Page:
Rep. Charlotte Meadows (District 74) has sponsored House Bill 401 (HB401), the Every Mother Matters Act, also known as EMMA.
EMMA seeks to establish the Pregnancy Launch Program, a toll-free number staffed by support professionals to connect women with pregnancy-related resources, including follow-up support and referrals after the birth of a child.
EMMA, first read on Feb 23, was referred to the House of Representatives Committee on Health where it has been pending action. Unfortunately for Meadows, EMMA is not scheduled for a vote in this, the final week of the legislative session, meaning it will have to be reintroduced in next year’s legislative session.
The Health Committee and Meadows are seeking ways to cut the costs of the bill and she is hopeful it will pass in the future.
The idea behind this bill was proposed by the Human Coalition, which partnered with Meadows to draft the bill through the Legislative Services Agency (LSA). They have introduced EMMA in other states as well; it successfully passed in Arkansas last year and is pending in Texas.
“We are doing a real disservice to mothers in a crisis pregnancy in Alabama,’’ Meadows said. “Our laws say we value life, but we don’t really do anything to show support for moms during the period of time when she is faced with making a hard decision to abort her baby. EMMA would come along beside the mother and offer real tangible support to any mother that wants it, and help her with making the best decision for her and the baby given her personal circumstances.”
The Pregnancy Launch Program’s stated goals are to:
Encourage healthy childbirth;
Support childbirth as an alternative to abortion;
Promote family formation;
Aid successful parenting;
Increase families' economic self-sufficiency; and
Improve maternal health, mortality and postpartum outcomes.
The Alabama Department of Public Health would manage the Pregnancy Launch Program and allot funds to contract outside agencies and charities as volunteers for the assistance line. The bill stipulates the use of licensed social workers, nurses, community health workers, licensed professional counselors or other individuals of equivalent experience. Caller confidentiality is ensured, but each agency providing Pregnancy Launch Program services over the phone must keep records and report monthly to the Health Department.
Individuals who call the toll-free line will be offered medically accurate pregnancy-related medical information, assistance in applying for state and federal benefit programs, assistance obtaining pediatric and postpartum care, assistance for abuse, assault, sexual assault, neglect, coercion, human trafficking, and more.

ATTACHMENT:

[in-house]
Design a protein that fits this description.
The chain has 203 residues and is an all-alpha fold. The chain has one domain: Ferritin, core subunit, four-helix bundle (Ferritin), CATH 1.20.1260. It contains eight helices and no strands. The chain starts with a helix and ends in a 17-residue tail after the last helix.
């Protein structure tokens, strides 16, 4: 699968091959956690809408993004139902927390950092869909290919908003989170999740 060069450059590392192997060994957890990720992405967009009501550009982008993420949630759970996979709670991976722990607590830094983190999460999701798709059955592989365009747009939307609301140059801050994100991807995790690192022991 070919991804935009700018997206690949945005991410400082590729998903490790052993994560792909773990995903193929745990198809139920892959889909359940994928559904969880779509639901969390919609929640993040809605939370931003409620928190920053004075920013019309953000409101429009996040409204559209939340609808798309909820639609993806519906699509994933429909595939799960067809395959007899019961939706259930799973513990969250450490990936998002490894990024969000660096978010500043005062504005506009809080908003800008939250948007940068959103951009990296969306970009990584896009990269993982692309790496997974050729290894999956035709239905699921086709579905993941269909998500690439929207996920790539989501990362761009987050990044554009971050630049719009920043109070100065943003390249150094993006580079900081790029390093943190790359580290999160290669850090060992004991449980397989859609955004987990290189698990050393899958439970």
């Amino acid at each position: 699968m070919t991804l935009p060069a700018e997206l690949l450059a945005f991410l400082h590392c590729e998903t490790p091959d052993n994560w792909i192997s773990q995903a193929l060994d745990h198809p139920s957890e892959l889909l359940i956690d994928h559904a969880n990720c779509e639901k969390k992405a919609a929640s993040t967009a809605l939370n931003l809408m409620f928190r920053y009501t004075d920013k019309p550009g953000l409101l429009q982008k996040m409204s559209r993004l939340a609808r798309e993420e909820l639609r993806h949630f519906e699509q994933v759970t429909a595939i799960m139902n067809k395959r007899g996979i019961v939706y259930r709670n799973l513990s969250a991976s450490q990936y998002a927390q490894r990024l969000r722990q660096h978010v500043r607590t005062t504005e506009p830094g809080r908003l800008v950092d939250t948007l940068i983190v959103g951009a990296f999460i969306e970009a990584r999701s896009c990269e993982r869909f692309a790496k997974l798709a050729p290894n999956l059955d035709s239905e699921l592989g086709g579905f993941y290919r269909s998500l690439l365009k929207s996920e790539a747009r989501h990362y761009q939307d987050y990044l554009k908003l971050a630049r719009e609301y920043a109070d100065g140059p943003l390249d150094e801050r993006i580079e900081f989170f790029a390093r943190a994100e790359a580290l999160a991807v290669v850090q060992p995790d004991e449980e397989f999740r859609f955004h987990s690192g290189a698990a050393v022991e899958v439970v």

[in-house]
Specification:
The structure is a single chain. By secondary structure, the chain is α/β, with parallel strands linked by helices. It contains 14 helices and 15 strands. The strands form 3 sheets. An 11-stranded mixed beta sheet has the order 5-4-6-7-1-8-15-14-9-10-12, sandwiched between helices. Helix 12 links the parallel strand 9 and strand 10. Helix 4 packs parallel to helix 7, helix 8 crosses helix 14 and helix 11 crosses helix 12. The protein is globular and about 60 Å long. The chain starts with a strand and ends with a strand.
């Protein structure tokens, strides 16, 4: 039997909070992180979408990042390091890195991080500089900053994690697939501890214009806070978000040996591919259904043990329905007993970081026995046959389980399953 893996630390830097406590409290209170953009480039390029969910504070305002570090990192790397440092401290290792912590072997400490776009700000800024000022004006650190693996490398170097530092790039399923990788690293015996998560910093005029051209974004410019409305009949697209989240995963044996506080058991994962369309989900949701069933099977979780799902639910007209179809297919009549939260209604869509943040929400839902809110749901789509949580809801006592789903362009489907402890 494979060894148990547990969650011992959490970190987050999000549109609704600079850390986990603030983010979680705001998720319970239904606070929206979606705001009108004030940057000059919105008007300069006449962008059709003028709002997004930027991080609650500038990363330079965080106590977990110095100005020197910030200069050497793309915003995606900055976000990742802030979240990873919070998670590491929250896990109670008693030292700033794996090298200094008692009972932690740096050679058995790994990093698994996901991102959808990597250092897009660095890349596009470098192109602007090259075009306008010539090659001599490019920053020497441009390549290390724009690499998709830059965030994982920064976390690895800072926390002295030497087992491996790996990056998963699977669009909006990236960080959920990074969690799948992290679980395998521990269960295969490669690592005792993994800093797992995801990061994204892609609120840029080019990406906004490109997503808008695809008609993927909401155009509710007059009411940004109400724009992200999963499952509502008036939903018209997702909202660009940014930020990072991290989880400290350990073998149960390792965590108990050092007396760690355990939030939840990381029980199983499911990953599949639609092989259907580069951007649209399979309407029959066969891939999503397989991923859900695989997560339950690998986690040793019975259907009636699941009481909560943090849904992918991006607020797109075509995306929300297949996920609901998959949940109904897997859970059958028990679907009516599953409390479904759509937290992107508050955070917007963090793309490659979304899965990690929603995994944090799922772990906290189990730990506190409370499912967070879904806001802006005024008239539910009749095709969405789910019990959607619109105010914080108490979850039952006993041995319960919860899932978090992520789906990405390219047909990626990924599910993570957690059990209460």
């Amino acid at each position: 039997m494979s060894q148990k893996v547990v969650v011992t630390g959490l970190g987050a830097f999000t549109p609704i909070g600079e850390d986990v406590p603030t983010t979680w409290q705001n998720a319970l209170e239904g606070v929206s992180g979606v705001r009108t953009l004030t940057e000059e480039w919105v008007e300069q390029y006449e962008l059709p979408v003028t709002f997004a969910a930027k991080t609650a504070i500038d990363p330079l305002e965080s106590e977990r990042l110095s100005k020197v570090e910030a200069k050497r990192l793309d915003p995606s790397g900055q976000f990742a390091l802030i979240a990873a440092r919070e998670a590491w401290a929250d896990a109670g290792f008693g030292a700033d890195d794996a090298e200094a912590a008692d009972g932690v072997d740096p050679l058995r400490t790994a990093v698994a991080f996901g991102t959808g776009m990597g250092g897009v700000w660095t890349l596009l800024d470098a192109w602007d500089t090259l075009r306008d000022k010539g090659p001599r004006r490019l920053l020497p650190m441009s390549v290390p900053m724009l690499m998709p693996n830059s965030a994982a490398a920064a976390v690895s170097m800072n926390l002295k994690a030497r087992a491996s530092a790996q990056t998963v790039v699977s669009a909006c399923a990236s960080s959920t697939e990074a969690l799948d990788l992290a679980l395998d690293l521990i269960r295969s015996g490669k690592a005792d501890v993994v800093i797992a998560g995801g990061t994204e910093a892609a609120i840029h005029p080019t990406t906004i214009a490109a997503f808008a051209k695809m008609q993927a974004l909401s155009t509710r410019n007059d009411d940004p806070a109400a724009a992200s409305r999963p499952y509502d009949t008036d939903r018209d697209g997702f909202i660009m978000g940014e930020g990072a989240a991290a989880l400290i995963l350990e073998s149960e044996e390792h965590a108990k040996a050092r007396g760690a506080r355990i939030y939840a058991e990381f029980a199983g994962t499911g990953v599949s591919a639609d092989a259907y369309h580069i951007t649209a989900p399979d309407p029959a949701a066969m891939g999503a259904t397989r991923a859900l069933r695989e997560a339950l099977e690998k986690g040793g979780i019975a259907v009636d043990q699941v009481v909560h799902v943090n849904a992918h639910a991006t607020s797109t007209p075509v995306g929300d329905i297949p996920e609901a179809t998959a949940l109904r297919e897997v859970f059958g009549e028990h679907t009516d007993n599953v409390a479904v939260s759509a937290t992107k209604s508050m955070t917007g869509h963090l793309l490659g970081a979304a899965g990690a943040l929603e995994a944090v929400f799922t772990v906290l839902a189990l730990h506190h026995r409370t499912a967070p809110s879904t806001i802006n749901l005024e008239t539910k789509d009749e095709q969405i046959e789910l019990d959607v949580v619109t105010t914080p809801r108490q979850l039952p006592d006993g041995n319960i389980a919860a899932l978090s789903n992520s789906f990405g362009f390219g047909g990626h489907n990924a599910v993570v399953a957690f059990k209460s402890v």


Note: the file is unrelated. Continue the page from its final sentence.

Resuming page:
Currently, abortion providers are required to provide a pamphlet of pregnancy-help resources to a woman 48 hours before performing an abortion. But Meadows said, “[The pamphlet] has not been updated in 17 years, and it’s not user-friendly.”
EMMA would require a physician to confirm that a woman has received an assistance offer over the phone before performing an abortion. To enforce this rule, the Health Department will perform random audits of abortion providers each year. Violators are subject to a civil penalty of $5,000.
On March 28th, Health Committee Chair Paul Lee (House District 86) provided a fiscal note which estimated it would cost over $2.3M annually to maintain the toll-free number, staff, and contracts with outside agencies, plus a one-time initial cost of $1.6M to upgrade current systems and launch the program.
On March 30th, Savana Deretich, representing the national nonprofit Students for Life, testified on behalf of their volunteers across Alabama, saying, “I personally know multiple women that have had unplanned pregnancies in college, and it was not pro-abortion people who helped them; it was the life-affirming pregnancy centers and the local churches … women can succeed when her community gathers together to support the mother and save the child.”
EMMA was referred to the House of Representatives Committee on Health where it is now pending action. But the bill has not faced much opposition from either side of the aisle, according to Chelsey Youman, National Legislative Advisor and Texas State Director for the Human Coalition.
Director Youman stated, “Out of all the states we filed EMMA in, it had more bipartisan support in Alabama, because no matter your ideology or political party, everyone can understand that vulnerable women in dire situations need help. I think that’s something we can all get behind.”
With the Supreme Court expected to announce a decision regarding Roe v. Wade in June, supporters of the bill have argued that the timing is critical. HB 401 stipulates that it would go into effect the first of the month following its passage, which would allow for the initiation of the Pregnancy Launch Program this summer.
“The data shows that significant numbers of babies would be saved,” Meadows said, “which makes this imperative to me.”